UW Ranch Horse Team members earn awards
UW Ranch Horse Team member Lacey Teigen received multiple honors at the Colorado-Wyoming-Nebraska Stock Horse Association’s (CoWN-SH) 2012 Year End Annual Awards Banquet Saturday, Feb. 9, at the Eaton Country Club in Eaton, CO.
Teigen, a student in the Department of Animal Science in the College of Agriculture and Natural Resources, was honored as the 2012 collegiate limited non-pro champion, reserve champion in trial and reining, champion in ranch pleasure, and she placed in the top five for cow-working.
“It was so nice to be recognized,” said Teigen, a Laramie native. “I had worked so hard and finally achieved a huge goal in my life.”
Teigen also won reserve limited non-pro overall at the Region 5 Championship in Denver last November.
“I was on cloud nine,” said Teigen. “My last class of the day was ranch trail, and I knew I was near the top. I started to get teary-eyed, but my horse performed flawlessly, and I just knew that I’d done pretty well.”
The Region 5 win qualified Teigen for the American Stock Horse Association (ASHA) National Collegiate Championship April 19 in Amarillo, TX; CoWN-SH is an affiliate of ASHA.
Team member Brian Moore, a native of Littleton, CO, and a student in the Department of Computer Science, won the overall non-pro division at the Region 5 contest in Denver and is also eligible for the ASHA National Collegiate Championship.
“Since the UW ranch horse team is fairly new, to have one of its members to do so well in 2012 is huge,” said Doug Zalesky, team mentor and director of the Laramie Research and Extension Center. “It certainly is indicative of the quality of students who are members of the team. Lacey’s success last year is a testament to her dedication and hard work. It also is indicative of the competitiveness of the team as a whole and lets other schools and students from other schools know that we do have a competitive team at UW.”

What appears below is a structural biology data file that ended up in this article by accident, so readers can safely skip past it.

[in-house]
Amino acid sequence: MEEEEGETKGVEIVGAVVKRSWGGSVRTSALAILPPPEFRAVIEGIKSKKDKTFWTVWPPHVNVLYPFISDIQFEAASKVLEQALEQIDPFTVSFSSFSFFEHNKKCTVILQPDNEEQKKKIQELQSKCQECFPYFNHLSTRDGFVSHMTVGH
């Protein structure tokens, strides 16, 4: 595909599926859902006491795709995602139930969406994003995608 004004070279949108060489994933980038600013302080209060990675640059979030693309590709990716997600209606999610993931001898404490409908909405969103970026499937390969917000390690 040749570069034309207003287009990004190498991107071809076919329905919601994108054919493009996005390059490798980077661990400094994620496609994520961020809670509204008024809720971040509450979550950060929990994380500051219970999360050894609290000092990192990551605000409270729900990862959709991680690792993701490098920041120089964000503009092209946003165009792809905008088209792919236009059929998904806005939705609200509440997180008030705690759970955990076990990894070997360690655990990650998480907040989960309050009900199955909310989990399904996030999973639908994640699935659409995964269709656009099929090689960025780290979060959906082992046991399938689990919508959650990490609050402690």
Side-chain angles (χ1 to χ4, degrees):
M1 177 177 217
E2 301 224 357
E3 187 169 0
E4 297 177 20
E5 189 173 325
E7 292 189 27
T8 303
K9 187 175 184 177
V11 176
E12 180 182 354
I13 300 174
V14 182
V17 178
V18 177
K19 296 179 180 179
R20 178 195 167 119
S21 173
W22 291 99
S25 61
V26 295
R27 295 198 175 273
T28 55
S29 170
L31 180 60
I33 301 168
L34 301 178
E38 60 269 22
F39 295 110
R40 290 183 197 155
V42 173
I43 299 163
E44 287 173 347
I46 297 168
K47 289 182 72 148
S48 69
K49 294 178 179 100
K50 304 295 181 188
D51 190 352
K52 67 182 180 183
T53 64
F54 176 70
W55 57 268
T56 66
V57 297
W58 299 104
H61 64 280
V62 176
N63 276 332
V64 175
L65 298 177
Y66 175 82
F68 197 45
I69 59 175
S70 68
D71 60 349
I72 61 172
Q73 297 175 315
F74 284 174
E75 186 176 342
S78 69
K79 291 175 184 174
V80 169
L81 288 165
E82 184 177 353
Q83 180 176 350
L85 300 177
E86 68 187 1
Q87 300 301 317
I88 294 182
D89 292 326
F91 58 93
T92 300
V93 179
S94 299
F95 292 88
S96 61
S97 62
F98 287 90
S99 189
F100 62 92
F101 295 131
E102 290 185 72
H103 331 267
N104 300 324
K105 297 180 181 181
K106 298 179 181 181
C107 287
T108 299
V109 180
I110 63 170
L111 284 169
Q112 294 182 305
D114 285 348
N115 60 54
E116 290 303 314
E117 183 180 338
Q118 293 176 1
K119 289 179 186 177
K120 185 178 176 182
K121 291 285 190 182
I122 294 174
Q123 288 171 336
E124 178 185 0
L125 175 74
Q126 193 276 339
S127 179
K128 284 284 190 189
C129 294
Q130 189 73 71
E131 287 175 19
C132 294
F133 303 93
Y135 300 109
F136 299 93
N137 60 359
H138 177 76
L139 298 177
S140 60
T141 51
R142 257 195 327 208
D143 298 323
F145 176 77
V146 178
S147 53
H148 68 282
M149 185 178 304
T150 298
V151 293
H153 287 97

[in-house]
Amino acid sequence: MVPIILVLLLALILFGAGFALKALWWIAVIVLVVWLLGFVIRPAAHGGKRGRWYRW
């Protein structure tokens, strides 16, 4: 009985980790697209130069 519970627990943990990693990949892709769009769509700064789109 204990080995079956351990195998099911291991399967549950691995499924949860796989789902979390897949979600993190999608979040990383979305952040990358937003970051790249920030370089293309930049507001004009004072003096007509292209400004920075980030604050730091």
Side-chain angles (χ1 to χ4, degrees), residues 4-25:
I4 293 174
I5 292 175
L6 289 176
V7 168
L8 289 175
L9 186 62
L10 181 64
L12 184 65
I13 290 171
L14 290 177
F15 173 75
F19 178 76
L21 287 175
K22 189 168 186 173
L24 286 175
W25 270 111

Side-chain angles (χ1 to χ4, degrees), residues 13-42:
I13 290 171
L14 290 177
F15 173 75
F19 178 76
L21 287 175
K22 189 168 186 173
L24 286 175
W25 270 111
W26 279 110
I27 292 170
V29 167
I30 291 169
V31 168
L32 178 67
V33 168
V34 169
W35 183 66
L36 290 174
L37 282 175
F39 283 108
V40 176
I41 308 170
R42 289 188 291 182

The UW horse ranch team was formed in November 2011. Assistant professor Amy McLean was the original coach and adviser before she left to take an equine specialist position at North Carolina State University.
The team is looking for a new coach.
CoWN-SH sanctions contests in Colorado, Nebraska and Wyoming, and the UW Ranch Horse Team participates in those contests throughout the year.
Students compete in areas that mimic work done with a horse on a working ranch: ranch pleasure, ranch trail, reining and cow work. There are three divisions at the show based upon the student’s level of experience showing: non-pro, limited non-pro and novice.
“I’ve been showing for a very long time, but I still get so nervous and worked up,” said Teigen. “I just take a lot of deep breaths – it’s an adrenaline rush.”
Zalesky said he’s unsure whether or not Teigen or Moore can attend the national championships in Amarillo.
“One of the things the team struggles with currently is funding to go on those types of trips,” said Zalesky.
Lacey said she and Moore hope to compete.
“Hopefully, Brian and I can go down to the nationals so we can make a stand in Texas,” she said.
Team members plan to compete in three sanctioned collegiate events this spring and possibly two this fall. The first is at Colorado State University March 3; the second is at Laramie County Community College in Cheyenne later in March; and the third is at Northeastern Junior College in Sterling, CO, in May.
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Thanks in part to the COVID restrictions – which sent their girls home for online college courses, the Plendl family of Kingsley, Iowa, saw many successes in the arena in 2020.